In a case of patient illness or accident, requiring attendance by a doctor or at a hospital, the medical staff involved must be notified of the therapy, and the date, radionuclide and activity involved. As mentioned above, the nuclear medicine department must be notified of vomiting within 4-6 hours of the therapy.

» Iodine-131 lipiodol therapy

Primary hepatocellular carcinoma (HCC) is the most common primary liver malignancy and among the 10 most common tumours in the world. Chronic infection with the hepatitis B or C virus appears to be the most important risk factor for HCC. One approach to treatment of primary hepatocellular carcinoma (HCC) is intra-arterial injection of iodine-131 lipiodol. This therapy is used in two clinical scenarios: therapy for inoperable HCC; and as adjuvant therapy, following HCC resection.

Radionuclide and form
Iodine-131 lipiodol (ethiodized oil), activity up to 2 GBq, typically 1 GBq.

Methodology
Selective hepatic arterial injection, sometimes more than one site. Around 70-90% of administered activity is trapped in the liver. 10-20% may be taken up in the lungs due to arteriovenous shunting, increasing with time as uptake in the liver may be partly released to the general circulation, mostly as free iodide.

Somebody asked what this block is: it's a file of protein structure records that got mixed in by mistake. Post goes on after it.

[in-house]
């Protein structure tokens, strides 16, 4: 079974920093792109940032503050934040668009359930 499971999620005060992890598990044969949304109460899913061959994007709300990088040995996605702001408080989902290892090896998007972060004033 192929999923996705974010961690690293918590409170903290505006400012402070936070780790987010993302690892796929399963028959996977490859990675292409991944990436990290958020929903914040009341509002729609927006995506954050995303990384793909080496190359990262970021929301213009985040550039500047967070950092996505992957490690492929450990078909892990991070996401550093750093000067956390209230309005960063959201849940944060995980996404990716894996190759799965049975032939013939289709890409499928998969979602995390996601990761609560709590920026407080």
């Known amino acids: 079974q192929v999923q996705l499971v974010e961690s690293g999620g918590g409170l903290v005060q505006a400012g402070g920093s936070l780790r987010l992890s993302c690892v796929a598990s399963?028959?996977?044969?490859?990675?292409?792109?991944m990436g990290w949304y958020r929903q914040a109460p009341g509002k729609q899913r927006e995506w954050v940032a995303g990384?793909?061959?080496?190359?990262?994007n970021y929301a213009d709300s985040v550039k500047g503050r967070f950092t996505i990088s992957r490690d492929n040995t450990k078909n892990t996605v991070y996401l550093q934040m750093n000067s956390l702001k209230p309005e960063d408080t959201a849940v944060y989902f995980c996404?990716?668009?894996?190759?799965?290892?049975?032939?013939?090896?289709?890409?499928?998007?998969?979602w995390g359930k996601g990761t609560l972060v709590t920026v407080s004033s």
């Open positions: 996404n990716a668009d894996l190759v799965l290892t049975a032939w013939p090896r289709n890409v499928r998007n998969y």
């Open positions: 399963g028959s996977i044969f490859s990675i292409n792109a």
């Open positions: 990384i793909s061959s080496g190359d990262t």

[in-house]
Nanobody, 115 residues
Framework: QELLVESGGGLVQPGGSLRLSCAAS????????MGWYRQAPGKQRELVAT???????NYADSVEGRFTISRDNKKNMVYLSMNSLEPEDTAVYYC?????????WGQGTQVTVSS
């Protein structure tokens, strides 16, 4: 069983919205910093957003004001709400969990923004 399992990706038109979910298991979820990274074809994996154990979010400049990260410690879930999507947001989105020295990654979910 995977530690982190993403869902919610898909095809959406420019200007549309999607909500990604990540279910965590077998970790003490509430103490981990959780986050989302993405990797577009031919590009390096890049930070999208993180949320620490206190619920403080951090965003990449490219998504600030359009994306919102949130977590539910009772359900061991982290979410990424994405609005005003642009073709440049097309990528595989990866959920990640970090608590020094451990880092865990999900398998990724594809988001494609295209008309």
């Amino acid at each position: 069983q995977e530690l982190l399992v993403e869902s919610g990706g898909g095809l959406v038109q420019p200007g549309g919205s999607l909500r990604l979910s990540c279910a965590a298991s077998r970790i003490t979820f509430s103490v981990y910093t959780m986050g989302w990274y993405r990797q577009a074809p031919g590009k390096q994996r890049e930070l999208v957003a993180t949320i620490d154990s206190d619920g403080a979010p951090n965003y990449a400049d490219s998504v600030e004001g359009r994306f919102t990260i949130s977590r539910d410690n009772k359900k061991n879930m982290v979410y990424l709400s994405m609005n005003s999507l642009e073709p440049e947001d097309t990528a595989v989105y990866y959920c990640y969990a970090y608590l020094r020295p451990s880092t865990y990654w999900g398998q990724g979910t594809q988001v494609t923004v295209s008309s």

Excretion
Unbound activity (i.e. not in liver or lungs) is predominantly excreted via urine. This may be up to 30-50% at 8 days. Very small faecal excretion (<3%). Very low or nil excretion by other pathways.

External radiation
Due to the high uptake within liver and lungs, the external radiation level is the prime determinant of discharge time.

Post-discharge issues
Urinary excretion is slower than for iodine-131 iodide, so toilet precautions must be maintained for one week after administration.

Advice to patients and families
With the exception of those measures relating to sweat/saliva, similar to that for iodine-131 iodide therapy.

» Iodine-131 MIBG therapy